Verse 6 concludes that we are also to pay taxes, even though we do not approve of the government to whom we pay them. Jesus paid taxes, too, and he advised his disciples to do the same. Remember that the two governments to whom Jesus (the Creator and our savior) paid taxes, were both incredibly corrupt, oppressive and evil regimes. We really have no right to complain; but I have known believers who ruined their testimony through tax evasion. If there is a legal exemption available, by all means take it, but don’t try to avoid paying your taxes.

Verse 7 wraps up by stating that there are various levels of government, and we may have to pay various taxes, and show proper respect as well. Respect the position of the Government, and the office of the governor, even when the person holding the office is contemptible. In Daniel 4:17, God says that He places the “basest of men” in positions of rule …which actually explains a lot.

The Supremacy of Agapé Love

Owe no man any thing, but to love one another: for he that loveth another hath fulfilled the law.

For this, Thou shalt not commit adultery, Thou shalt not kill, Thou shalt not steal, Thou shalt not bear false witness, Thou shalt not covet; and if there be any other commandment, it is briefly comprehended in this saying, namely, Thou shalt love thy neighbour as thyself.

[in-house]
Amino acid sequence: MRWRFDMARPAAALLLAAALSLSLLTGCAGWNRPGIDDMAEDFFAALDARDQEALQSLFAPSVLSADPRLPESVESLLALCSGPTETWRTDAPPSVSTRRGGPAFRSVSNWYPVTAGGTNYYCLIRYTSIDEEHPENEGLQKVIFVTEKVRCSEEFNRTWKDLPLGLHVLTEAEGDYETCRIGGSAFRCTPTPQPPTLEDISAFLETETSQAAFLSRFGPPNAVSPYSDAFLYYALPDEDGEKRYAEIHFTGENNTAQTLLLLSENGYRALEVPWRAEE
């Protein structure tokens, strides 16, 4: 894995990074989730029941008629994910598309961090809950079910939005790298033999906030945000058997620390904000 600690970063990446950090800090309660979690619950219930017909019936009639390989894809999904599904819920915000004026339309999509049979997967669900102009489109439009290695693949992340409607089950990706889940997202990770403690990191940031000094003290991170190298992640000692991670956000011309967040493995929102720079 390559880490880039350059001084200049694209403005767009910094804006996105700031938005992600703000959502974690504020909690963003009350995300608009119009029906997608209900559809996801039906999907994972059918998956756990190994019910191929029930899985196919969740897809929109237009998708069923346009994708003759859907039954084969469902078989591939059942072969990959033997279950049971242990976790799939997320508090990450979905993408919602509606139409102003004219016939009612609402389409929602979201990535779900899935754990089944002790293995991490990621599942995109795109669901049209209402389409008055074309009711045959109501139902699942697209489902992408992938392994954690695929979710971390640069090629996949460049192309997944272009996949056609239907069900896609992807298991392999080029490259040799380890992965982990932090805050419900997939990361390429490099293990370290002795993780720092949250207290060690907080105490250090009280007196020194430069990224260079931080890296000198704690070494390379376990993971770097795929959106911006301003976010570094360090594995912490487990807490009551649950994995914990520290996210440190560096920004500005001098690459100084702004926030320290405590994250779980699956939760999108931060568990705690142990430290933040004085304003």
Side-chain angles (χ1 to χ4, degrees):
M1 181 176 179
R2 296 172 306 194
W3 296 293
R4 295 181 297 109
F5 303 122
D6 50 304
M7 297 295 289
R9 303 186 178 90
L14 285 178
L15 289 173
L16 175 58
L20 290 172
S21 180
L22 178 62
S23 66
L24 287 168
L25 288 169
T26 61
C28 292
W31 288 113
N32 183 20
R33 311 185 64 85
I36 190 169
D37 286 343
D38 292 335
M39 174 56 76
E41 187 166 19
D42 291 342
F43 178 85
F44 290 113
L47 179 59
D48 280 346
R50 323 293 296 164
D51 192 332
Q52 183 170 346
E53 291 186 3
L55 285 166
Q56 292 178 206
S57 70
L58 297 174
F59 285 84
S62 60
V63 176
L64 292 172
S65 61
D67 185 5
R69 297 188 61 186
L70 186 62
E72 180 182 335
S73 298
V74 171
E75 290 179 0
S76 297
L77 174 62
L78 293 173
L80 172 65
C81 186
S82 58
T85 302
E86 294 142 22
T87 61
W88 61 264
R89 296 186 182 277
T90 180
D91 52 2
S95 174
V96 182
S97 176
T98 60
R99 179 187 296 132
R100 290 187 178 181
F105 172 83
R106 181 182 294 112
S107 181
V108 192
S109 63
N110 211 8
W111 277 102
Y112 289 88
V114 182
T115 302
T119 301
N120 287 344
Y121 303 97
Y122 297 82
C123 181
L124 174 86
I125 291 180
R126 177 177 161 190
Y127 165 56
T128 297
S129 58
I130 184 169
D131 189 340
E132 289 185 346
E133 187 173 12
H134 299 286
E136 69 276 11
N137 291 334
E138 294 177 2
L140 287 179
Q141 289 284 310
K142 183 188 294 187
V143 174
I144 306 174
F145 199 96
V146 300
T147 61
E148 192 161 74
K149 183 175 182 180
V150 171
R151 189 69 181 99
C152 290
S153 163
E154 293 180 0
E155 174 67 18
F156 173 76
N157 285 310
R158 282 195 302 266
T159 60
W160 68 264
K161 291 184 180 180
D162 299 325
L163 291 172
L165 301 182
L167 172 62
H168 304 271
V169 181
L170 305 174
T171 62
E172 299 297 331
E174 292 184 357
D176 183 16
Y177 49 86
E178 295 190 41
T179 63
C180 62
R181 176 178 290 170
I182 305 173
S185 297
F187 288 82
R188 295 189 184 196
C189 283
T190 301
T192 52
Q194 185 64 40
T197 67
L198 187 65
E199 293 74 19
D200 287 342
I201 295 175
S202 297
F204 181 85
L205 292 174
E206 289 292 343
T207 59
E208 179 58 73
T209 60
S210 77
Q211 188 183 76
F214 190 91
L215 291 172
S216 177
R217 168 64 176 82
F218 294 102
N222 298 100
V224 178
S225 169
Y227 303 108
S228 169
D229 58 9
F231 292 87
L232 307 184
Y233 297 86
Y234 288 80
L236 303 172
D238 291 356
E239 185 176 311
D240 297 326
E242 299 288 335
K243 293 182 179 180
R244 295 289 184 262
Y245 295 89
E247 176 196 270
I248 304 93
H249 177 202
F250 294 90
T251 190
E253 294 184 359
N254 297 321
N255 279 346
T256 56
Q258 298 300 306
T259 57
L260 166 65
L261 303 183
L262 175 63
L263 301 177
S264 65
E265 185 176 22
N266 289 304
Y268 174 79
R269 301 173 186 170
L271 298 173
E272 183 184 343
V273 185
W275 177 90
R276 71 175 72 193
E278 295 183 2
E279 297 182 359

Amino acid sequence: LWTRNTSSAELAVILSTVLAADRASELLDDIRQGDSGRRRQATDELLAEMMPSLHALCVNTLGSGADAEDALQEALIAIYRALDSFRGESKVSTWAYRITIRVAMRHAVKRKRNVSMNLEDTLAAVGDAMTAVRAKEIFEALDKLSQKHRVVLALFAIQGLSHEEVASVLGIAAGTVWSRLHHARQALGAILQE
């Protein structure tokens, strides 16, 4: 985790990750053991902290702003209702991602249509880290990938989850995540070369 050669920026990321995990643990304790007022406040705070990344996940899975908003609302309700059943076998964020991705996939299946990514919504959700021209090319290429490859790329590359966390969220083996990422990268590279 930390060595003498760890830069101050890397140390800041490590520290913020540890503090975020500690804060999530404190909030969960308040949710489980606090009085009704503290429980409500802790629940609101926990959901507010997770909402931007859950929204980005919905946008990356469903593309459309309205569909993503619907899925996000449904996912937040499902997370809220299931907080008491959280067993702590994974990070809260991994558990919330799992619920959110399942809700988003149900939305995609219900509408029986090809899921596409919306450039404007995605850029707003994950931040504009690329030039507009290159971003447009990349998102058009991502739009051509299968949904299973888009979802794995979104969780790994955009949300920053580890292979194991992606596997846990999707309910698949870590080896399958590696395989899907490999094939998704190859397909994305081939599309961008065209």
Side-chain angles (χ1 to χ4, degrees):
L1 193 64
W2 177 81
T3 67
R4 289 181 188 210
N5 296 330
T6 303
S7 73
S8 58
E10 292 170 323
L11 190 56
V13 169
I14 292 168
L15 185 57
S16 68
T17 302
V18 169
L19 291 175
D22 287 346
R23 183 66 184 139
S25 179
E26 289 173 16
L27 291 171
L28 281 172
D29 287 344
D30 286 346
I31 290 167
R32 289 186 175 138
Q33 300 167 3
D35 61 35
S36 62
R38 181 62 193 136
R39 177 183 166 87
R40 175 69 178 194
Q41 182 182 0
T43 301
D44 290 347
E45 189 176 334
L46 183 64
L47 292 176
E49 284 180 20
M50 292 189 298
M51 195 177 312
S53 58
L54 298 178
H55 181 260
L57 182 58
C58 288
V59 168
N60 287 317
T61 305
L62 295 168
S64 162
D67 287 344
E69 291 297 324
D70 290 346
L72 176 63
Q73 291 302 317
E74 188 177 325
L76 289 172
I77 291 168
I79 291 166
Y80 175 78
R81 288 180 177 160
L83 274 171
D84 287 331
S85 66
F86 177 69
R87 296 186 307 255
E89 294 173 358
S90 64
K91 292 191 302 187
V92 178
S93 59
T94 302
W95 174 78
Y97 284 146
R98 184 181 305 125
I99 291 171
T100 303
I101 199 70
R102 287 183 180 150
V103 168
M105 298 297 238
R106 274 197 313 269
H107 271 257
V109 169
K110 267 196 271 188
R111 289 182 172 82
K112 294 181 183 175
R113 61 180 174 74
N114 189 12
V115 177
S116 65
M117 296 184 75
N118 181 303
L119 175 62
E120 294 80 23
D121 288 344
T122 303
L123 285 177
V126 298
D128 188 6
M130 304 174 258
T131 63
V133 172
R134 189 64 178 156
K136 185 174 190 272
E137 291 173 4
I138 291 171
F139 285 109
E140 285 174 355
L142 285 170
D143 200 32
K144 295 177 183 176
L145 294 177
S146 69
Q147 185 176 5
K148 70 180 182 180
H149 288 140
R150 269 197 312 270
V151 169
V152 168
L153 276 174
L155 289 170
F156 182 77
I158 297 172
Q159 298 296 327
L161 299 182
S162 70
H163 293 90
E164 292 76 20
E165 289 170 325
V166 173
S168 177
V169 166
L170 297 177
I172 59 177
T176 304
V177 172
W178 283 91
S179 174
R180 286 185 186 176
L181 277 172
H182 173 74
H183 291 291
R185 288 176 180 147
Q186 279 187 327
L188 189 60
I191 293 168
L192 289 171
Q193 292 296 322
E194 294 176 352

10 Love worketh no ill to his neighbour: therefore love is the fulfilling of the law.

v. 8-10: says, “No indebtedness except the constant debt of agapé love.” Agapé love fulfills all other law. Love does no ill to its neighbor—thus the law is fulfilled through agapé love.

Now,  I have taken this to be a general injunction against a pattern of indebtedness, as well. “Owe no man anything…” seems to indicate that idea. The question may arise, then; “What is debt?” I am of the opinion that, if the collateral is in hand, so that there is no danger of the lender losing his investment, but there is simply a contractual arrangement whereby an expensive item (a house or land as a good example) is being purchased over a period of time, then it is probably not “debt,” in the sense meant here. But a car loses its value rapidly, and the lender can easily find that a loan is about to be defaulted, when the collateral has depreciated to the point of being relatively worthless. Credit card debt is even worse—the thing purchased may have no collateral value whatsoever. The difference, in the case of a home, is that usually, if foreclosure becomes necessary, the borrower is more likely to suffer than is the lender.